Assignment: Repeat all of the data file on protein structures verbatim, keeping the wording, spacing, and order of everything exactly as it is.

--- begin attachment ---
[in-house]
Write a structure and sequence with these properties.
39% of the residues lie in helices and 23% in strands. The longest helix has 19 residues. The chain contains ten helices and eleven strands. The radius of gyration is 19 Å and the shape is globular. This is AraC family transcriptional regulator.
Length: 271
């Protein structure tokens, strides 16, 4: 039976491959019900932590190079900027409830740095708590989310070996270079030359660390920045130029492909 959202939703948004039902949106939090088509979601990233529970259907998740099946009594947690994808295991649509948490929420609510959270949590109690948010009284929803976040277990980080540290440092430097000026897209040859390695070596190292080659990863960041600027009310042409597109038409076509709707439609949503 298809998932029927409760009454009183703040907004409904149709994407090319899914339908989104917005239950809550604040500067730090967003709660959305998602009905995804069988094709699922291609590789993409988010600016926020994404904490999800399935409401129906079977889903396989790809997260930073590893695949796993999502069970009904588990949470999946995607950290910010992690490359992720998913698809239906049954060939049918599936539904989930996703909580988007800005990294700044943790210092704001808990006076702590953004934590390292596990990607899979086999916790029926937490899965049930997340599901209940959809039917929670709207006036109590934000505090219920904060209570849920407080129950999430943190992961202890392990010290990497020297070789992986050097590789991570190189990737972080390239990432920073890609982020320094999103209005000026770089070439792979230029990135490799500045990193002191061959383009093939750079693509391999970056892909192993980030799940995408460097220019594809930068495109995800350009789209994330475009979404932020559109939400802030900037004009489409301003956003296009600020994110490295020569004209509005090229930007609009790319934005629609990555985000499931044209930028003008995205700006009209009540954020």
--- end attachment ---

[in-house]
Write a structure and sequence with these properties.
39% of the residues lie in helices and 23% in strands. The longest helix has 19 residues. The chain contains ten helices and eleven strands. The radius of gyration is 19 Å and the shape is globular. This is AraC family transcriptional regulator.
Length: 271
């Protein structure tokens, strides 16, 4: 039976491959019900932590190079900027409830740095708590989310070996270079030359660390920045130029492909 959202939703948004039902949106939090088509979601990233529970259907998740099946009594947690994808295991649509948490929420609510959270949590109690948010009284929803976040277990980080540290440092430097000026897209040859390695070596190292080659990863960041600027009310042409597109038409076509709707439609949503 298809998932029927409760009454009183703040907004409904149709994407090319899914339908989104917005239950809550604040500067730090967003709660959305998602009905995804069988094709699922291609590789993409988010600016926020994404904490999800399935409401129906079977889903396989790809997260930073590893695949796993999502069970009904588990949470999946995607950290910010992690490359992720998913698809239906049954060939049918599936539904989930996703909580988007800005990294700044943790210092704001808990006076702590953004934590390292596990990607899979086999916790029926937490899965049930997340599901209940959809039917929670709207006036109590934000505090219920904060209570849920407080129950999430943190992961202890392990010290990497020297070789992986050097590789991570190189990737972080390239990432920073890609982020320094999103209005000026770089070439792979230029990135490799500045990193002191061959383009093939750079693509391999970056892909192993980030799940995408460097220019594809930068495109995800350009789209994330475009979404932020559109939400802030900037004009489409301003956003296009600020994110490295020569004209509005090229930007609009790319934005629609990555985000499931044209930028003008995205700006009209009540954020």